Mental Health and Conflict in Nigeria: An Overview
Miracle Ayomikun Adesina 1 2 3 * , Temilade Adesanya 2, Isaac Iyinoluwa Olufadewa 1 4
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1 Slum and Rural Health Initiative Research Academy, NIGERIA2 College of Medicine, University of Ibadan, Ibadan, NIGERIA3 Universal Care for Africa Foundation, St Louis, USA
Cephas Health Research Initiative, Ibadan, NIGERIA
Mental and Oral Health Development Organization, Kebbi, NIGERIA
4 Pan African University of Life and Earth Sciences Institute, PAULESI, Ibadan, NIGERIA* Corresponding Author

Abstract

Nigeria, the giant of Africa, is a West African country with a total land area of 910,770 square kilometers and a population of 198,778,607 people. She is made up of diverse people based on ethnic group, language, religion, etc. The diversities present in the country, however, have been a major cause of conflicts. Conflict in Nigeria has resulted in the death, displacement, sexual violations, injuries, disabilities among others, of the population affected. Zones commonly affected in Nigeria are the north east (due to Boko Haram insurgency), north central(territorial dispute between nomadic farmers and the community dwellers compounded by ethno-religious issues) and south south (high unemployment rate despite the presence of a mineral resource [petroleum] and ecological degradation due to oil spillage) geopolitical zones. Children, victims of sexual violence, families that lost their loved ones, refugees and internally displaced people are the main victims of mental illness in conflicting regions in Nigeria. Individuals affected by conflict could present with varying mental health conditions such as post-traumatic stress disorders (PTSD), anxiety disorder, depression, substance misuse, psychosis, anti-social behaviours, somatic symptoms such as headaches, non-specific pains or discomfort in torso and limbs, dizziness, weakness, and fatigue, etc. This study presented the mental health status of the individuals in these conflict zones. Authors appeal that their recommendations be applied to reduce the burden of mental illness in the conflict zones in Nigeria.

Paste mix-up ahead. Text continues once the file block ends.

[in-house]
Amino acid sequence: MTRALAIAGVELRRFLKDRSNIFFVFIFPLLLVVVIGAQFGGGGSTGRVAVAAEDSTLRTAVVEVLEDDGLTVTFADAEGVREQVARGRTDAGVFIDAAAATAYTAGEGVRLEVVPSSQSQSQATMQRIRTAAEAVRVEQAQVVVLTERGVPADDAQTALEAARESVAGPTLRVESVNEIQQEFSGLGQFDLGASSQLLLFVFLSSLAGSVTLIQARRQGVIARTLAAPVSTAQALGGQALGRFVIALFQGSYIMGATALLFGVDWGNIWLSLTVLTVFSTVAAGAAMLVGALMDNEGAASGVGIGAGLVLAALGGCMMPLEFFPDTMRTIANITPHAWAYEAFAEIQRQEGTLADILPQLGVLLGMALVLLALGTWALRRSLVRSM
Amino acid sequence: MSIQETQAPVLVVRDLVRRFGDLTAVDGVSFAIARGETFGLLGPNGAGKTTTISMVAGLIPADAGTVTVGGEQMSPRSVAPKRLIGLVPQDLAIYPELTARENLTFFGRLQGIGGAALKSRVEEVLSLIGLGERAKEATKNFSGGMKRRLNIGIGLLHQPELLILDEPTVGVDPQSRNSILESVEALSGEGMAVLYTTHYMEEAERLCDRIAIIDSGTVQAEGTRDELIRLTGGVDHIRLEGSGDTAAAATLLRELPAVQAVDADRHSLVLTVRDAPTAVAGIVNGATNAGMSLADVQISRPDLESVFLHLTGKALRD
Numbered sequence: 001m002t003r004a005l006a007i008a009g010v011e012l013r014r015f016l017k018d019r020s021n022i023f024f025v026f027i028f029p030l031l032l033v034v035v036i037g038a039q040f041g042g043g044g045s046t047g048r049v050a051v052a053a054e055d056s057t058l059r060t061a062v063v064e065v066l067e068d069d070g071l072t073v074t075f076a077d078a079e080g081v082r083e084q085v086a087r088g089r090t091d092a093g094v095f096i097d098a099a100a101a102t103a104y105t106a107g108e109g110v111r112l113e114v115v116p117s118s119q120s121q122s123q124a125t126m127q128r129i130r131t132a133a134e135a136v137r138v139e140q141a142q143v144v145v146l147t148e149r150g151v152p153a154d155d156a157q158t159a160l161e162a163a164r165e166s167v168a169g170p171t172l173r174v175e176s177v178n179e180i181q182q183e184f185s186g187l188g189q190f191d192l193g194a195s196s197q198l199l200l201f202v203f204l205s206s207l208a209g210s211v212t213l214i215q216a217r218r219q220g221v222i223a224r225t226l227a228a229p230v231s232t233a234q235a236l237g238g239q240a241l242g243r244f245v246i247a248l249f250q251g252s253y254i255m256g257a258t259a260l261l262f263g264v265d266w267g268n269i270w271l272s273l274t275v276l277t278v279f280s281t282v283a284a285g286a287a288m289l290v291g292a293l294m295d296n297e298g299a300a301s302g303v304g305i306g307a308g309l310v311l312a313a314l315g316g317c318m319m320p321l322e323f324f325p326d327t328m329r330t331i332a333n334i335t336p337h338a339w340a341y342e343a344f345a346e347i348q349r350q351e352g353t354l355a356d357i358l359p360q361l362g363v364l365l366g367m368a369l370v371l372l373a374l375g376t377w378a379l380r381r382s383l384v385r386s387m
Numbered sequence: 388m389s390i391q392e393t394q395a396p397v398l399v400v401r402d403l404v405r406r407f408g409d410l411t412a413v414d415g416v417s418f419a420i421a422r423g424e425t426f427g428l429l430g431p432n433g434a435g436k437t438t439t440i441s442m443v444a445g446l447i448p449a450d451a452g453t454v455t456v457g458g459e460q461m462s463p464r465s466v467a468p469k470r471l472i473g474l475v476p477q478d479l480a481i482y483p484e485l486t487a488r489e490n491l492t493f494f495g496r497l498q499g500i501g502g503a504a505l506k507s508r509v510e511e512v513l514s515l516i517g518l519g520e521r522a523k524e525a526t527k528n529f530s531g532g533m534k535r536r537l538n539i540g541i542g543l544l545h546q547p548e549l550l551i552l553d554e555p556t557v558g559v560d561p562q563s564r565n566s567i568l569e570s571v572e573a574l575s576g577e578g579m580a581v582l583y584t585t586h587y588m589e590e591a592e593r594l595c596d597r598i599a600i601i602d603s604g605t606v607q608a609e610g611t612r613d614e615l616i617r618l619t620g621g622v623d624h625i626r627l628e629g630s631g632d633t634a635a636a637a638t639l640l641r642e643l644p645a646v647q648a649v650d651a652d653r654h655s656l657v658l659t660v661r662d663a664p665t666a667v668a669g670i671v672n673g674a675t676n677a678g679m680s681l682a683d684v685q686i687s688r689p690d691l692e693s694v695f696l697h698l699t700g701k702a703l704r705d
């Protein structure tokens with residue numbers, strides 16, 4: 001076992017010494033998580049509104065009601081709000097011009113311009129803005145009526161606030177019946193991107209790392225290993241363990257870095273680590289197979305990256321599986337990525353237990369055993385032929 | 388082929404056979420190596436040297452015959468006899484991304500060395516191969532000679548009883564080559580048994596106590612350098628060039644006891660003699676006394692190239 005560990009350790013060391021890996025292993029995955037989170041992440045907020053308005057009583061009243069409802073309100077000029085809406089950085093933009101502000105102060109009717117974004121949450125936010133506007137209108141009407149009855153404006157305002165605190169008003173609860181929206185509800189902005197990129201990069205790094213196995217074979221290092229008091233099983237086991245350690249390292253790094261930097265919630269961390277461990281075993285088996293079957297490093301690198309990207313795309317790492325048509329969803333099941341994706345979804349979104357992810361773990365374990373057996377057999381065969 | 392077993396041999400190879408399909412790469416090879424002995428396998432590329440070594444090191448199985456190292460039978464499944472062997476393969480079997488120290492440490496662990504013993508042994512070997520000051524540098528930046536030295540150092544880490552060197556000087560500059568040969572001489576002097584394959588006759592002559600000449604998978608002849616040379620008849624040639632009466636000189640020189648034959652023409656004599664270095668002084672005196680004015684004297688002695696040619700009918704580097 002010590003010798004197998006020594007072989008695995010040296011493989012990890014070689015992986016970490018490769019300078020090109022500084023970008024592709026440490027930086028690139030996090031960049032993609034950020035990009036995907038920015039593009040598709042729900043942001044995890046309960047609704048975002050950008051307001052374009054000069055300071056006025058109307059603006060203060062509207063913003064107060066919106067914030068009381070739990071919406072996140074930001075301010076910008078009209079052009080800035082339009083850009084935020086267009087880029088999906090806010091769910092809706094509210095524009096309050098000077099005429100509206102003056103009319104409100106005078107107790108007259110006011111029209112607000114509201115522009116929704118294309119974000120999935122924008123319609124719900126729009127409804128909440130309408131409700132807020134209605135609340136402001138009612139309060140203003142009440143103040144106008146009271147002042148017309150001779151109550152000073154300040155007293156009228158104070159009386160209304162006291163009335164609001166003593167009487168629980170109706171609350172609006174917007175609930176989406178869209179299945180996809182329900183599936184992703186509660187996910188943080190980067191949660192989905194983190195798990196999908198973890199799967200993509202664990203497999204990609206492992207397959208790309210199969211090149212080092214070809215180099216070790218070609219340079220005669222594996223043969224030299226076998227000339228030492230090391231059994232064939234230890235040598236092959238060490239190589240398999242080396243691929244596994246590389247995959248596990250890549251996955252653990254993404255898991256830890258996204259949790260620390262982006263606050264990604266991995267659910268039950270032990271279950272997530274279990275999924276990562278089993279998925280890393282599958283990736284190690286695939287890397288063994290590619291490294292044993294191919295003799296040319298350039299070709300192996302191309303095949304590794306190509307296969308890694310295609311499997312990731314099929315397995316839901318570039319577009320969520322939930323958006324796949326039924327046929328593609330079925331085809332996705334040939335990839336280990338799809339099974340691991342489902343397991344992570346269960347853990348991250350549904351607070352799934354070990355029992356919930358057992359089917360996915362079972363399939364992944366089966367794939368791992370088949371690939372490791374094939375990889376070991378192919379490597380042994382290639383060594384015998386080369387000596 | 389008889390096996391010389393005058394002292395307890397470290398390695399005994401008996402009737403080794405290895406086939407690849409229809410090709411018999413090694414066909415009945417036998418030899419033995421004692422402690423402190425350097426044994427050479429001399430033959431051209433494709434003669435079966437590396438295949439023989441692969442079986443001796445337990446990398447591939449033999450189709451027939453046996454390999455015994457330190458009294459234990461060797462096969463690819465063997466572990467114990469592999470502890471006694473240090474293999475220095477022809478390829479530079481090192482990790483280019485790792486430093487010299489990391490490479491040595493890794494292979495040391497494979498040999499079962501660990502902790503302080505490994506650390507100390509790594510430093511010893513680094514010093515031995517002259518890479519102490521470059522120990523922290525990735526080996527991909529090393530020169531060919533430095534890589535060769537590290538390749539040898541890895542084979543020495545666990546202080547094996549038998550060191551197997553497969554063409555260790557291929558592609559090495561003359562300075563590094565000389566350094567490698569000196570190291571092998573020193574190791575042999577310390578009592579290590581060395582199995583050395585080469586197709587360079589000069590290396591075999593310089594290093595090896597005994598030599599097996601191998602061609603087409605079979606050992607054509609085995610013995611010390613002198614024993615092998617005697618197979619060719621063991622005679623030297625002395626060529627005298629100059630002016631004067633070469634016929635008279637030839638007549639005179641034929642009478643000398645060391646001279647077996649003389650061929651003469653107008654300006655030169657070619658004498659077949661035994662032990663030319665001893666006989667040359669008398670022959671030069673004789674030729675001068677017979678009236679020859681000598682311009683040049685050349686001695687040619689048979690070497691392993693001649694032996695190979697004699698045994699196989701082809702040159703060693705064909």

License

This is an open access article distributed under the Creative Commons Attribution License which permits unrestricted use, distribution, and reproduction in any medium, provided the original work is properly cited.

Article Type: Research Article

EUR J ENV PUBLIC HLT, 2020, Volume 4, Issue 1, Article No: em0038

https://doi.org/10.29333/ejeph/7806

Publication date: 22 Feb 2020

Article Views: 2127

Article Downloads: 1756

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